“This garden, which was established in 1932 in the Colonial Revival or Williamsburg style, contains some 650 linear feet of beds. From its creation, it was a jumble of flowers and herbs in borders, with four squares (surrounded by English boxwood) on the north side intended for vegetables. The entire garden is surrounded by a picket fence and crisscrossed by brick walkways,” said Betsy Hardy, leader of the NNMG team. “It is a challenge to keep up as is with the demands of the changing seasons.”

More recently, the NNMG volunteers expanded the educational impact of the garden area. On the south end of the Kitchen Garden, they established a Teaching Garden of eight herb beds.  The Teaching Garden demonstrates what the Washington family would have needed and grown around 1732, the year of George’s birth.

“We have provided a rack card at the site to identify the different herbs used by the household for cooking, potpourri, medicines, and fabric dyes. The Washingtons relied on these essential plants for their health and comfort,” explained Wayne Condrey, a core member of the NNMG team. “Children are often fascinated by this glimpse into the past which, for them, is an introduction to a very strange world.”

Even though winter will soon be with us, the Birth Place is always a lovely location for a walk. Stroll along the paths that border Pope’s Creek, admire the layout of the beds and the borders in the Herb Garden, and study the information that brings the domestic realities of colonial times to life. Enjoy the tranquil ambiance of one of Virginia’s hidden treasures.

While the Visitor Center and Memorial House remain closed due to COVID-19, the gardens and many outbuildings are open 9:00 a.m. to 5:00 p.m. daily. For more details, visit www.nps.gov/gewa or call (804) 224-1732 x227.

Reedville Shoreline Garden

 

In partnership with other agencies and local governments, Northern Neck Master Gardeners provide shoreline education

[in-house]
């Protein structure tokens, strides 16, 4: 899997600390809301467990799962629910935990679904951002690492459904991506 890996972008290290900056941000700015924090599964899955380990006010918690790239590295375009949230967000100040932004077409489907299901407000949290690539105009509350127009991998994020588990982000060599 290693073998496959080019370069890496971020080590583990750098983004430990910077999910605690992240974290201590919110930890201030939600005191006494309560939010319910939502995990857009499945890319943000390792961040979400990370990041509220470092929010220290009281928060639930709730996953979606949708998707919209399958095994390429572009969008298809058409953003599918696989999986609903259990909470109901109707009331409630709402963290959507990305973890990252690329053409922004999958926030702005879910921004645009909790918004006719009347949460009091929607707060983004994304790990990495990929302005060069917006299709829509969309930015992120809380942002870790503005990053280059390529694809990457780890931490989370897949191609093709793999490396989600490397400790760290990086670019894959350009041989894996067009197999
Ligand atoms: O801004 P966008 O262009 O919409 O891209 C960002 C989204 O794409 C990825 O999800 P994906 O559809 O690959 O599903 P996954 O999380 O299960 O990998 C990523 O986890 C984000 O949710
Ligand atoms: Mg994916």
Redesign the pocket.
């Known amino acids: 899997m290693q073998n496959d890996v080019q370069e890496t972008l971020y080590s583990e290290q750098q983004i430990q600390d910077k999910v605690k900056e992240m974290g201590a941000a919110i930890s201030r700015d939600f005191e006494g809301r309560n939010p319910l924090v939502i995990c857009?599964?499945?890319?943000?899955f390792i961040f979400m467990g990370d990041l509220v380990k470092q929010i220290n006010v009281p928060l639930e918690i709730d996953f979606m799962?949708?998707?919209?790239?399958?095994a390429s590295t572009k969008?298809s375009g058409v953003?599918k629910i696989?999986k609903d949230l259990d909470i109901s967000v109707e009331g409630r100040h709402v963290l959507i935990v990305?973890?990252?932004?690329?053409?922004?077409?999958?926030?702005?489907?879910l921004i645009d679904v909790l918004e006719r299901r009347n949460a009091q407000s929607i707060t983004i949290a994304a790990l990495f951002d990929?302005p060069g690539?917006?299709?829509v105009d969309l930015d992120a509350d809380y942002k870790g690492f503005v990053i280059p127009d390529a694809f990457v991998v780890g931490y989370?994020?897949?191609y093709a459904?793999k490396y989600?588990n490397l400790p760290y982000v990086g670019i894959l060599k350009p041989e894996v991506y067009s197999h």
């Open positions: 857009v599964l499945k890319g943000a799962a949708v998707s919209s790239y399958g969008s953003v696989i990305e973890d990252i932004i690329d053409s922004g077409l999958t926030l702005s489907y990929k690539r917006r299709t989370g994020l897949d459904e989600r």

Northern Neck Master Gardeners working closely with partners at the Virginia Institute of Marine Science and county governments have built the Shoreline Evaluation Program, an educational outreach effort that has provided hundreds of property owners with recommendations for improving upland stormwater management, pollutant and sediment runoff, and shoreline erosion.

Taking care of a shoreline presents a unique set of challenges not faced by property owners inland. Shorelines are dynamic and can be affected by the features of the nearby landscape such as areas of pavement, and even invasive species. Without careful planning and maintenance, shorelines can erode, which poses a potential threat to inland properties and structures.

Read more at:  https://www.cals.vt.edu/magazine/stories/northern-neck-master-gardeners.html

Tiger Swallowtail butterfly

Where were the butterflies? 12/09/2020

 

Did you notice that this year butterflies seemed to appear in our gardens later than usual and in fewer numbers?

Where were they in the spring?

  • Did they just arrive late?
  • Are reduced populations cyclical?
  • Did the weather affect their numbers?
  • Will this be a continuing trend – the result of declining habitat, limited food sources, destruction of habitat, and/or increased pesticide use?

Globally, terrestrial insects appear to be declining at a rate of 9% per decade.

More than 40% of insect species are declining and a third are endangered.

Some of the insects most affected are bees, butterflies, moths, beetles, dragonflies, and damselflies.

Example: Between 2000-2009, the number of widespread butterfly species on farmed land in the UK fell by 58% (https://www.ncbi.nlm.nih.gov/pmc/articles/PMC4662585/)

Why Should We Worry?

  1. Insects = Protein (300 times more efficient than cows)

Although insects are near the bottom of the food chain, many creatures depend on them, directly or indirectly, as a food source.

Are they our food of the future?

3,000 ethnic groups in 130 countries already eat 2,086 species of insects. (Ramos-Elorduy, Julieta; Menzel, Peter (1998). Creepy crawly cuisine: the gourmet guide to edible insects)

  1. Insects = pollinators.

The plant world relies on their services. Approximately 80% of flowering plants are pollinated by insects.

Commercial agriculture depends on insects for pollination and crop production. 35% of the world’s crop pollination depends directly or indirectly on insects.  Insect pollinators contribute $29 billion to the US economy

  1. Insects = decomposers

Insects recycle, break down biomass, and generate organic matter that fertilizes plants.

  1. Insects = biological controls

Their value as natural pest control is estimated at $5.4 billion in the U.S. alone

 

Look through the slide presentation about “The Lost Summer of 2020: A Perfect Time to Plant Your Butterfly Garden!” Lost Summer Butterfly Slide Show